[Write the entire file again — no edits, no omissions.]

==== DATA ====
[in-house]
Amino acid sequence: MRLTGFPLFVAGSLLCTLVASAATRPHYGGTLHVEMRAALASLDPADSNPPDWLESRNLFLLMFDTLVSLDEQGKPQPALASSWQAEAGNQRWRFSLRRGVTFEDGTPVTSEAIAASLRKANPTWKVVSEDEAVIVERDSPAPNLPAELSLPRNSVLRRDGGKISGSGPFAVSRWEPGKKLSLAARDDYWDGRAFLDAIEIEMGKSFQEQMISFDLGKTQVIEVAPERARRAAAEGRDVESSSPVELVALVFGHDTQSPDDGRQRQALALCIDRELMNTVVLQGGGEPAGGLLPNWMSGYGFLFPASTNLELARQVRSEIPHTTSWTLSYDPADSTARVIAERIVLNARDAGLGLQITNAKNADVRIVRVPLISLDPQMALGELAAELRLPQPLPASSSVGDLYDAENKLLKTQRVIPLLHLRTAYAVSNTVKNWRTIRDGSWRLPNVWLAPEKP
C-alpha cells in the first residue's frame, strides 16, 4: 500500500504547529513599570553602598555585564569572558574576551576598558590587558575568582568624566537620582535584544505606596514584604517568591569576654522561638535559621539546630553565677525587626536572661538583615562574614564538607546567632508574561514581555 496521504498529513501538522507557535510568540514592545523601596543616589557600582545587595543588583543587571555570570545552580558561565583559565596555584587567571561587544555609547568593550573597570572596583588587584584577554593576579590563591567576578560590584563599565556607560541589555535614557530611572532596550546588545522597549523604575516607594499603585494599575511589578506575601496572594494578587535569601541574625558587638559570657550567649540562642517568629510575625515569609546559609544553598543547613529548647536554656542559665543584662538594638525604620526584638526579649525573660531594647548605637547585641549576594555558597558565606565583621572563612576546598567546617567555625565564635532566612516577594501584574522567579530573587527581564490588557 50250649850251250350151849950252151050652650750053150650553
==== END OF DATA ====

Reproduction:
[in-house]
Amino acid sequence: MRLTGFPLFVAGSLLCTLVASAATRPHYGGTLHVEMRAALASLDPADSNPPDWLESRNLFLLMFDTLVSLDEQGKPQPALASSWQAEAGNQRWRFSLRRGVTFEDGTPVTSEAIAASLRKANPTWKVVSEDEAVIVERDSPAPNLPAELSLPRNSVLRRDGGKISGSGPFAVSRWEPGKKLSLAARDDYWDGRAFLDAIEIEMGKSFQEQMISFDLGKTQVIEVAPERARRAAAEGRDVESSSPVELVALVFGHDTQSPDDGRQRQALALCIDRELMNTVVLQGGGEPAGGLLPNWMSGYGFLFPASTNLELARQVRSEIPHTTSWTLSYDPADSTARVIAERIVLNARDAGLGLQITNAKNADVRIVRVPLISLDPQMALGELAAELRLPQPLPASSSVGDLYDAENKLLKTQRVIPLLHLRTAYAVSNTVKNWRTIRDGSWRLPNVWLAPEKP
C-alpha cells in the first residue's frame, strides 16, 4: 500500500504547529513599570553602598555585564569572558574576551576598558590587558575568582568624566537620582535584544505606596514584604517568591569576654522561638535559621539546630553565677525587626536572661538583615562574614564538607546567632508574561514581555 496521504498529513501538522507557535510568540514592545523601596543616589557600582545587595543588583543587571555570570545552580558561565583559565596555584587567571561587544555609547568593550573597570572596583588587584584577554593576579590563591567576578560590584563599565556607560541589555535614557530611572532596550546588545522597549523604575516607594499603585494599575511589578506575601496572594494578587535569601541574625558587638559570657550567649540562642517568629510575625515569609546559609544553598543547613529548647536554656542559665543584662538594638525604620526584638526579649525573660531594647548605637547585641549576594555558597558565606565583621572563612576546598567546617567555625565564635532566612516577594501584574522567579530573587527581564490588557 50250649850251250350151849950252151050652650750053150650553